At our Ultimate Church Structure Conferences, I speak with many pastors who, unfortunately, have been misinformed about what 501(c)(3) tax-exempt status truly means and the impact it will have on their churches. Pastors often attend our conference in the hopes of clearing up doubts and questions that they’ve been riddled with regarding tax law and church compliance. For that very reason, I have listed below three of the most common misconceptions that I hear from pastors across the country regarding churches and 501(c)(3) tax-exempt status.
There are more than 400,000 churches in the United States, each with its own governance structure and decision-making model. With so many different models and terminology used to describe church governance structures — elders, deacons, trustees, directors, pastor and apostle — it can be quite confusing to determine what’s the best and most biblically-sound corporate structure for your own church.
The landscape for churches and ministries is filled with pitfalls.
Over the last 20 years, Congress and the IRS have become very interested in the activities of churches, ministries and nonprofits, which has led to the enactment of section 4958 and the creation of the Exempt Organizations Executive Compensation Compliance Project, resulting in increased enforcement presence and millions of dollars in fines.
Ministries need to be aware that even the best applicant on paper might not seem so squeaky clean after a background check. It’s important that church leaders have a standardized policy when it comes to identifying “red flags” that will disqualify someone from employment or volunteer positions. Even red flags such as behavior or character traits need to be thoughtfully weighed as they could expose the church to increased risk.
One definition of “dread” is managing payroll without qualified staff. For those churches with limited resources, ministerial staffing positions must be filled first. A common sentiment among pastoral leadership regarding payroll is, How hard can it be?
Well, it is hard. And, some mistakes could lead to serious consequences.
Not infrequently, pastors and their parish / congregational administrators, board and / or committee members are inclined to avail themselves of “donated” labor in the form of volunteers who purport to have the appropriate experience, expertise and equipment required to perform some necessary project work on or within parish buildings.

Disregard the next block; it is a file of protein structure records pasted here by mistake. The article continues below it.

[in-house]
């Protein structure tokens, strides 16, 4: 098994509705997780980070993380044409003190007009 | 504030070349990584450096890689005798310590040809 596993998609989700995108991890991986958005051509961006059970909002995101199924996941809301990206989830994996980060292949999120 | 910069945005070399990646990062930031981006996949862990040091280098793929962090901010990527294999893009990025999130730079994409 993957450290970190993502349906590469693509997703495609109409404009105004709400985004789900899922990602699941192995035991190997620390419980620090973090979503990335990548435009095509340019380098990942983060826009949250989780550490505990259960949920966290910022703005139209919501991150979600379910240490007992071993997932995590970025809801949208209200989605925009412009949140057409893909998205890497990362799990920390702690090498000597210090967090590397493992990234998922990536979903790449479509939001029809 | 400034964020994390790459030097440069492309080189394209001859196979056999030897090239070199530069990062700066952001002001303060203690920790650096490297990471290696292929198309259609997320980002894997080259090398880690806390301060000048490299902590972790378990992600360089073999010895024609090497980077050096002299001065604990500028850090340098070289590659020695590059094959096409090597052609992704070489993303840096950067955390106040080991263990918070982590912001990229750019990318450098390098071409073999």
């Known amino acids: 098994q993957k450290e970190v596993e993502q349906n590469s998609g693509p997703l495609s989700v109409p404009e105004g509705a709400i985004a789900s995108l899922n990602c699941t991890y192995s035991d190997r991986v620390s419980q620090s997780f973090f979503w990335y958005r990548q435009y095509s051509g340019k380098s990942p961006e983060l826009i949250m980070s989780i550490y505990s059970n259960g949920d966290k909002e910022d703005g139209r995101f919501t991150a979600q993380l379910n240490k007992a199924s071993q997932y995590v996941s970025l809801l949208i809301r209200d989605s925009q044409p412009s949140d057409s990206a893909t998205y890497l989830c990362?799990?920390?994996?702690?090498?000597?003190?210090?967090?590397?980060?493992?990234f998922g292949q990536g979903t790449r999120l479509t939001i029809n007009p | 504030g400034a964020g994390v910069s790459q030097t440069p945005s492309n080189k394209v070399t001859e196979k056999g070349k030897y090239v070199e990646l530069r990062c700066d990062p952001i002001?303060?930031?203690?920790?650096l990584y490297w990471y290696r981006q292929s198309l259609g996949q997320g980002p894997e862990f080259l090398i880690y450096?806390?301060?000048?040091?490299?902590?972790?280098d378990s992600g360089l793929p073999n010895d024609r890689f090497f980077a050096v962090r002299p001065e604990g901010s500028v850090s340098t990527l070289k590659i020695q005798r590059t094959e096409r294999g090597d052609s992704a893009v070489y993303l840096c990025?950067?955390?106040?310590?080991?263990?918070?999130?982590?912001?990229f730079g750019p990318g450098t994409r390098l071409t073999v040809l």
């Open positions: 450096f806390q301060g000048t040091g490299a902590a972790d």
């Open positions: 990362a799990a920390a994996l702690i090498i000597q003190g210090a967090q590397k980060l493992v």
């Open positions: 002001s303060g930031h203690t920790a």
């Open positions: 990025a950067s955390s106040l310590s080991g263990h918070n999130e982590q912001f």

Ministries have a bold task. You want — and need — to be good stewards of your communities and congregations. That can often lead to conflicting methodologies when it comes to balancing budgets.
While you want to devote the majority of your money to your missions, outreach and education programs, you also understand the importance of recruiting quality volunteers and employees, and prioritizing hiring procedures.
This, of course, has a dollar value, too.
The young woman had been a mathematics teacher at the church-related high school for more than seven years. She was beloved by her students; they praised her ability to convey difficult concepts in an accessible, clear and engaging style.
If your church is anything like mine, you are constantly trying to navigate the requirements of our nation’s employment laws. When researching the topic of “employee versus independent contractor,” what I find is consistently inconsistent. It’s easy to get lost in the lack of interpretation.
States require us to purchase auto insurance. Banks make certain we have mortgage insurance. Parents with children buy life insurance to protect their families in case of an unexpected death.
Yet, despite the fact that research shows we are much more likely to become disabled for more than three months than die in any given year, many of us do not have disability insurance.